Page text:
As James English describes in his 2005 book, The Economy of Prestige, like so much in our cultural history, the practice of awarding prizes can be traced back to the Greeks, who, in addition to creating the Olympics, introduced drama and arts competitions as early as the 6th century B.C E.. Since then, prizes across a range of disciplines have become a mainstay of cultural life. Not only have prizes endured into the contemporary age, their number continues to increase, as does their significance in the world economy.
There is a burgeoning literature on prizes, too, including a 2009 report by McKinsey and Company giving us a comprehensive picture of how prizes function societally, how they can be put to work to encourage innovation, how they influence our cultural hierarchies, and how they can help create communities of interest.
For example, there is a noteworthy historical tradition of prizes being used to solve technical problems. In Longitude, her 1995 book, Dava Sobel recounts how, in 1714, the British government devised the Longitude Prize to provide incentives for the creation of an instrument to measure longitude at sea. John Harrison developed the marine chronometer as a result. Napoleon’s France regularly created prize competitions under the auspices of the Society for the Encouragement of Industry, writes James Burke in Connections. Among the prizewinners, Nicholas Appert devised a way of preserving foods in sealed champagne bottles—a method helpful for military provisioning that also served as a precursor to the modern canning industry.
Other prizes exemplify values and help create community. The Kluge Prize finds its distinctive place among major international prizes including the Nobel, the Holberg, and the Berggruen. It draws its uniqueness from its location at the Library of Congress, amidst the institutions of political Washington. It seeks to reward sustained study that leads to greater understanding of the human experience, with an emphasis on leaders and ideas that have shaped public life. It is not directed at solving an immediate or pressing technical problem. Rather it seeks to reward those whose scholarship and career have had broad cultural impact, inviting us to question a current state of affairs, giving us a greater sense of context and a more in-depth understanding of the historical forces that have shaped our culture, or perhaps providing an inspirational vision of what the future might look like.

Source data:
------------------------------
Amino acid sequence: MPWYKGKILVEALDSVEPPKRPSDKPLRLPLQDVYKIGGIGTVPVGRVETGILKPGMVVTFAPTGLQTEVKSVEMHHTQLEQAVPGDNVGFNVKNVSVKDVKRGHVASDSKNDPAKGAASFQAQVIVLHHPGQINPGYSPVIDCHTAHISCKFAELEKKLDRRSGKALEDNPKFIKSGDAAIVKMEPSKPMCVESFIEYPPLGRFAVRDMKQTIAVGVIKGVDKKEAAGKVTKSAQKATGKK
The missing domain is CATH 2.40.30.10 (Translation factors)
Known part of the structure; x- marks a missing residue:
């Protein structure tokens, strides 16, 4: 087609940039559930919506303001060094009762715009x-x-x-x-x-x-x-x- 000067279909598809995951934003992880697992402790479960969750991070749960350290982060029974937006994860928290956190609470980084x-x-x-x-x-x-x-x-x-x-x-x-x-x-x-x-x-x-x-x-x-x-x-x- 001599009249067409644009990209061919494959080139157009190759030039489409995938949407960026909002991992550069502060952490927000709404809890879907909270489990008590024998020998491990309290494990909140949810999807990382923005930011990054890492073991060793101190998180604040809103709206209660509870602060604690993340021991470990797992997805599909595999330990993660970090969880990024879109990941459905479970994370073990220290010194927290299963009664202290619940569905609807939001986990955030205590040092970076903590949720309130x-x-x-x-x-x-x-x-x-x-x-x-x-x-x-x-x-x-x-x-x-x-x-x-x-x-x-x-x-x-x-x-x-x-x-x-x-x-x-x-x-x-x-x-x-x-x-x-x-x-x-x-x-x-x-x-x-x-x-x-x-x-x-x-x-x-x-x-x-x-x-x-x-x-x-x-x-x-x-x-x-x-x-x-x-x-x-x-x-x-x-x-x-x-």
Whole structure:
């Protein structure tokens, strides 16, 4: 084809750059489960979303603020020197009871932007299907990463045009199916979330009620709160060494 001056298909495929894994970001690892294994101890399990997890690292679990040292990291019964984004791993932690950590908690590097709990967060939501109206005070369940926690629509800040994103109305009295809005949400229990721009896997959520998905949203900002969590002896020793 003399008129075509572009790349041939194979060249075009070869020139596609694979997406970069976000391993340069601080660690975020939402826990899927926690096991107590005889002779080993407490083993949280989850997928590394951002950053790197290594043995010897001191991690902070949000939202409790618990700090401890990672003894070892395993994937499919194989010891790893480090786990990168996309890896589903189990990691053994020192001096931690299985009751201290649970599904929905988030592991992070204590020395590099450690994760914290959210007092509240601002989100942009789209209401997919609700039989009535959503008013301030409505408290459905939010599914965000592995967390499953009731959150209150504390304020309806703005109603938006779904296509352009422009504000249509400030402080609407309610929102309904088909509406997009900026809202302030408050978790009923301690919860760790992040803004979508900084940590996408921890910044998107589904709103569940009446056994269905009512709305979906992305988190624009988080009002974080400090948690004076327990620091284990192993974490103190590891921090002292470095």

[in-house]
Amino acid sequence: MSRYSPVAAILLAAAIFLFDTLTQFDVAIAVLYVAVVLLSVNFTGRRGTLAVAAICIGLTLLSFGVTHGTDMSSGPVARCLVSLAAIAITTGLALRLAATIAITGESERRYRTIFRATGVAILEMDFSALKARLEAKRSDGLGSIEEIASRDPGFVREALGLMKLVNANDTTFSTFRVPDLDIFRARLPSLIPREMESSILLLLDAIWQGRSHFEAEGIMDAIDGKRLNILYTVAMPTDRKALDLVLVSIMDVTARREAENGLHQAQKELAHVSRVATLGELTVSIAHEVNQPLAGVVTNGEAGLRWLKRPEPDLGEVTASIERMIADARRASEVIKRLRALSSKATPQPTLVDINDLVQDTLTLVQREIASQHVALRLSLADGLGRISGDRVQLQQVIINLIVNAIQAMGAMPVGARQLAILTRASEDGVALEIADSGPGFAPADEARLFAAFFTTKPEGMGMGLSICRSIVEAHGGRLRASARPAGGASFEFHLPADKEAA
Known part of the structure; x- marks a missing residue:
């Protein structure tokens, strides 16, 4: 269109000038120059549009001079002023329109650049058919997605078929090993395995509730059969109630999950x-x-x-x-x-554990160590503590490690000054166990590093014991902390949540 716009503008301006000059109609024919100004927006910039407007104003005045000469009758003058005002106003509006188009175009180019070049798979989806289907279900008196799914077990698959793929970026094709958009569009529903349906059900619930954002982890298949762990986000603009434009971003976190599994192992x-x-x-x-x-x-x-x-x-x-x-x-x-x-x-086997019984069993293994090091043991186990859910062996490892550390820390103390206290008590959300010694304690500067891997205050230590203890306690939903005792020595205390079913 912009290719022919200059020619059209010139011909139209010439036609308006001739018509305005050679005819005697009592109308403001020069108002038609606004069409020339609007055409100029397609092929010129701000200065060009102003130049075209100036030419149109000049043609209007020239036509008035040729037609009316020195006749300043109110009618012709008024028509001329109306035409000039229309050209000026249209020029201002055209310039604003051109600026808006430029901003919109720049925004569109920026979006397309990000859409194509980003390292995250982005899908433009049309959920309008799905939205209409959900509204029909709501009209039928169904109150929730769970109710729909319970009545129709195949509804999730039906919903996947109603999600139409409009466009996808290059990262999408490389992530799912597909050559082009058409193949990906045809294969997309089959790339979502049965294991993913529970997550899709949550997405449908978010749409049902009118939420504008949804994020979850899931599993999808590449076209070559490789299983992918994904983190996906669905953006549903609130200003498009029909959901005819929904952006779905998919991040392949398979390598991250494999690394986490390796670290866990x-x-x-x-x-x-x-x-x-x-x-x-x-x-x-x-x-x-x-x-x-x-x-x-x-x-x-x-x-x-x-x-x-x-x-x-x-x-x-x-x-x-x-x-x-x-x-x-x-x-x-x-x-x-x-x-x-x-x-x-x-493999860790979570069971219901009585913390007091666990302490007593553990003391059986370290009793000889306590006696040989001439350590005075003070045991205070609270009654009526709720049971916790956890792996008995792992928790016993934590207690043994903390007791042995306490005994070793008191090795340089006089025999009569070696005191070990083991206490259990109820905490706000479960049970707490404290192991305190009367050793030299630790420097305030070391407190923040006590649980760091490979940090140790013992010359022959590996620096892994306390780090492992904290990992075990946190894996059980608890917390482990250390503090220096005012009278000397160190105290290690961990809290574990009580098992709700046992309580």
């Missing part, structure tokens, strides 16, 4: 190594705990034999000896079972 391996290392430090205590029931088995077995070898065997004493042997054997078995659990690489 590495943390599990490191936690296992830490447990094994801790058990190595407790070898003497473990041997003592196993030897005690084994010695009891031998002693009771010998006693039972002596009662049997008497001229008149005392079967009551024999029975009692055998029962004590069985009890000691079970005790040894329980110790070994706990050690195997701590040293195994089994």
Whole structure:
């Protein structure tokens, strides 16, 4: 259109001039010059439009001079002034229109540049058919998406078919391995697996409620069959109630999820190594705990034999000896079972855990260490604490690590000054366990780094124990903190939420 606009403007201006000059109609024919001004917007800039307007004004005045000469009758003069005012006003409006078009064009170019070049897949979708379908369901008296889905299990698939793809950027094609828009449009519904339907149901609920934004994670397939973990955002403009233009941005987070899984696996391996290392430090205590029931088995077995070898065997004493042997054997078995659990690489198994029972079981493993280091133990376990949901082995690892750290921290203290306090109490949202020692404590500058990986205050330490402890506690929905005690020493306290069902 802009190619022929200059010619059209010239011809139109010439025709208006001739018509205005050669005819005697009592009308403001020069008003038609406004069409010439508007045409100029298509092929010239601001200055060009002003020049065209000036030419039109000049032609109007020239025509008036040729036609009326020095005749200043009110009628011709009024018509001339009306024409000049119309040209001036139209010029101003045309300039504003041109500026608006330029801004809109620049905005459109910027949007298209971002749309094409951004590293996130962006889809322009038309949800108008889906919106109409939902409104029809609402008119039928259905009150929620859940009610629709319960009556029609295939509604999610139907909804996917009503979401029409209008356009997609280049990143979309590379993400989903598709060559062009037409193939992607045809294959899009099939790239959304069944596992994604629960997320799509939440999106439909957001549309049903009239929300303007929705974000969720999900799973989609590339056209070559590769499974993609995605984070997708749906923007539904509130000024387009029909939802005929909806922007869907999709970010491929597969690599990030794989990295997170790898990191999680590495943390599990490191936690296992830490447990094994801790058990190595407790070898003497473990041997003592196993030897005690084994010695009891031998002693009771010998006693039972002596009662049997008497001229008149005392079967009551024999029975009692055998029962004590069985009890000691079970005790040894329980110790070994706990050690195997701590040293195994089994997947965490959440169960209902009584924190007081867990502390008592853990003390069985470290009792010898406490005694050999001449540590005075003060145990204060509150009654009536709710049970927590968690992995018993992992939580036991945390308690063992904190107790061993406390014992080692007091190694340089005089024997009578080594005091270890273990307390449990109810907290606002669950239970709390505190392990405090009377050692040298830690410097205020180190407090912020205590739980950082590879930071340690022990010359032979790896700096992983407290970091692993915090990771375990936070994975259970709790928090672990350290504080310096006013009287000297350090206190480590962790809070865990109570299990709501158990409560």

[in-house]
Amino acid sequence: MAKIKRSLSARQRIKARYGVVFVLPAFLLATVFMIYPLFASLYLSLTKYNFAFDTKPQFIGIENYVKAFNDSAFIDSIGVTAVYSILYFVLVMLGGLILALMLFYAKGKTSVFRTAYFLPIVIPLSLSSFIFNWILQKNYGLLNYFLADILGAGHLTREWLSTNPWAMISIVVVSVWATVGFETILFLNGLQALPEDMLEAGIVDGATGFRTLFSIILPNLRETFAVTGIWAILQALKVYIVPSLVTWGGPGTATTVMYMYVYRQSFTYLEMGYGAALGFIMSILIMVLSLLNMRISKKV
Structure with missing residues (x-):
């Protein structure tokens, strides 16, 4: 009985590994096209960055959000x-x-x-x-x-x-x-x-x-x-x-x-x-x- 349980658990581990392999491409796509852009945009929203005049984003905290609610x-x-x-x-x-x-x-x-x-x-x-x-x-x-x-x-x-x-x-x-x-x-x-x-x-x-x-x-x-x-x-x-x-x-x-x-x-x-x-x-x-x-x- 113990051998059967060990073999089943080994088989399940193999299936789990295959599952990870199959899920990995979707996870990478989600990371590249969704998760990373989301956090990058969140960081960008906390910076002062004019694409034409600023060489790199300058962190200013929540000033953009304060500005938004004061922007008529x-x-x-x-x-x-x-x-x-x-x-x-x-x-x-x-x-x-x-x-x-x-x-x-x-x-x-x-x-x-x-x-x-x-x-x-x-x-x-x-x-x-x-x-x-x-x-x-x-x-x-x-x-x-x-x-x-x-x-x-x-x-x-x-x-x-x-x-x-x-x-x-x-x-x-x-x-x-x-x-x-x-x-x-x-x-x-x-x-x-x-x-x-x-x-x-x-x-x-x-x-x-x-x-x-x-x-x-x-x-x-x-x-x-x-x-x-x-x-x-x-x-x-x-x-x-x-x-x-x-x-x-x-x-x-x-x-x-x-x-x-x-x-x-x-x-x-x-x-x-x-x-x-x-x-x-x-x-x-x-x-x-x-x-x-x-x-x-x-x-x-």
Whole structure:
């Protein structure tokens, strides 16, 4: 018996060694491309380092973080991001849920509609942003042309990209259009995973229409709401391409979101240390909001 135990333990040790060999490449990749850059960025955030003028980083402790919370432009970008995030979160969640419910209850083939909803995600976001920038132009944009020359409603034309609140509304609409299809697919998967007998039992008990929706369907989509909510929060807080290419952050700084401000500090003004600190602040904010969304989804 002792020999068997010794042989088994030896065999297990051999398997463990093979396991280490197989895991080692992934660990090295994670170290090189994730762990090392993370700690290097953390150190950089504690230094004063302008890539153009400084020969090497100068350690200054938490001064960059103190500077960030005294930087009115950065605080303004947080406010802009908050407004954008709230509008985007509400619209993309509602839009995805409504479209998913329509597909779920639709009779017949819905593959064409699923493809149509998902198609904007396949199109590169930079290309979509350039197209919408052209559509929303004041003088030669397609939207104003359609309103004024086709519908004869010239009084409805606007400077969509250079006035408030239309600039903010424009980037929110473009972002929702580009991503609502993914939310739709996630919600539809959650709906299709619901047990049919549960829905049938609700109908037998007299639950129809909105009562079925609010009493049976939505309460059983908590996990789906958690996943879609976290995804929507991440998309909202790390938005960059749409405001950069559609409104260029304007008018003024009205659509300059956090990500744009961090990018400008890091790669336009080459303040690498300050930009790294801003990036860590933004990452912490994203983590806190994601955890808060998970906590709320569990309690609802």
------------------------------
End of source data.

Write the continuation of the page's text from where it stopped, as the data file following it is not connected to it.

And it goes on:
On occasion, artists and thinkers have resisted the formality of awards they have perceived as potentially neutralizing because of their institutional nature. In Greatness: Who Makes History and Why, Dean Keath Simonton reminds us that T.S. Eliot, upon receiving the Nobel Prize, compared it to “a ticket to one’s own funeral.” More recently, Bob Dylan declined to attend his own ceremony for the Nobel Prize in literature.
Yet the tradition of American self-government has always valued the creative tension between groundbreaking ideas and their potential institutional embodiment. This is the fertile ground the Kluge Prize seeks to inhabit. The Kluge Prize, as the Library of Congress envisions it, places value on creating space for a continued cultural conversation. It rewards thinkers who have taken risks; enshrines the values of pluralism and constructive critique; and dedicates time and resources to shining a spotlight on ideas and careers that have had an impact on public affairs and that are of continuing value to cultural and political life.
On June 22, the Library will announce the 2020 Kluge Prize winner. Look to the Library’s website for an announcement.
This blog was first published on June 8, 2018. It has been updated in view of the announcement of the 2020 Kluge Prize winner.